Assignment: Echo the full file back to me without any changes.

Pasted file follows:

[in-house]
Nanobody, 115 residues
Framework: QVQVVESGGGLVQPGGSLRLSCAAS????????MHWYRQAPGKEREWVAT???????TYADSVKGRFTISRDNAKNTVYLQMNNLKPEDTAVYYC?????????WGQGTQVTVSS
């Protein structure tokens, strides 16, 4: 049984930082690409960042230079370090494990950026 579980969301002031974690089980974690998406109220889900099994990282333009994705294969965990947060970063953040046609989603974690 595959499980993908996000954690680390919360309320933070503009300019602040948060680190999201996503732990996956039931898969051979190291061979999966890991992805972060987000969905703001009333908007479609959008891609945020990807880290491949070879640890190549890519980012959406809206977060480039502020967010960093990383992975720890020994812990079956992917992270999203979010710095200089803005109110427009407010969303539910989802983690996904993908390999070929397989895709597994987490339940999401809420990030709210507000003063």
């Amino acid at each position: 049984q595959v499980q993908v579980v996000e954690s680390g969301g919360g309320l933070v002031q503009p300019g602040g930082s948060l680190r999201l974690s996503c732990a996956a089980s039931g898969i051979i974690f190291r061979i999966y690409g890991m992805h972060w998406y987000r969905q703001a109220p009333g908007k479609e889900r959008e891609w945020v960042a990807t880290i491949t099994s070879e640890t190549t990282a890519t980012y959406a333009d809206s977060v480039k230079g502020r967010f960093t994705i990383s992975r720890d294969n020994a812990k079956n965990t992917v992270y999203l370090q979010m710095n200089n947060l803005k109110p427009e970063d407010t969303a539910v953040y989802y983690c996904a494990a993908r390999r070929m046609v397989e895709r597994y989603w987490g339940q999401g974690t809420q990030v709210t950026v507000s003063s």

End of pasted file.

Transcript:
[in-house]
Nanobody, 115 residues
Framework: QVQVVESGGGLVQPGGSLRLSCAAS????????MHWYRQAPGKEREWVAT???????TYADSVKGRFTISRDNAKNTVYLQMNNLKPEDTAVYYC?????????WGQGTQVTVSS
């Protein structure tokens, strides 16, 4: 049984930082690409960042230079370090494990950026 579980969301002031974690089980974690998406109220889900099994990282333009994705294969965990947060970063953040046609989603974690 595959499980993908996000954690680390919360309320933070503009300019602040948060680190999201996503732990996956039931898969051979190291061979999966890991992805972060987000969905703001009333908007479609959008891609945020990807880290491949070879640890190549890519980012959406809206977060480039502020967010960093990383992975720890020994812990079956992917992270999203979010710095200089803005109110427009407010969303539910989802983690996904993908390999070929397989895709597994987490339940999401809420990030709210507000003063």
């Amino acid at each position: 049984q595959v499980q993908v579980v996000e954690s680390g969301g919360g309320l933070v002031q503009p300019g602040g930082s948060l680190r999201l974690s996503c732990a996956a089980s039931g898969i051979i974690f190291r061979i999966y690409g890991m992805h972060w998406y987000r969905q703001a109220p009333g908007k479609e889900r959008e891609w945020v960042a990807t880290i491949t099994s070879e640890t190549t990282a890519t980012y959406a333009d809206s977060v480039k230079g502020r967010f960093t994705i990383s992975r720890d294969n020994a812990k079956n965990t992917v992270y999203l370090q979010m710095n200089n947060l803005k109110p427009e970063d407010t969303a539910v953040y989802y983690c996904a494990a993908r390999r070929m046609v397989e895709r597994y989603w987490g339940q999401g974690t809420q990030v709210t950026v507000s003063s």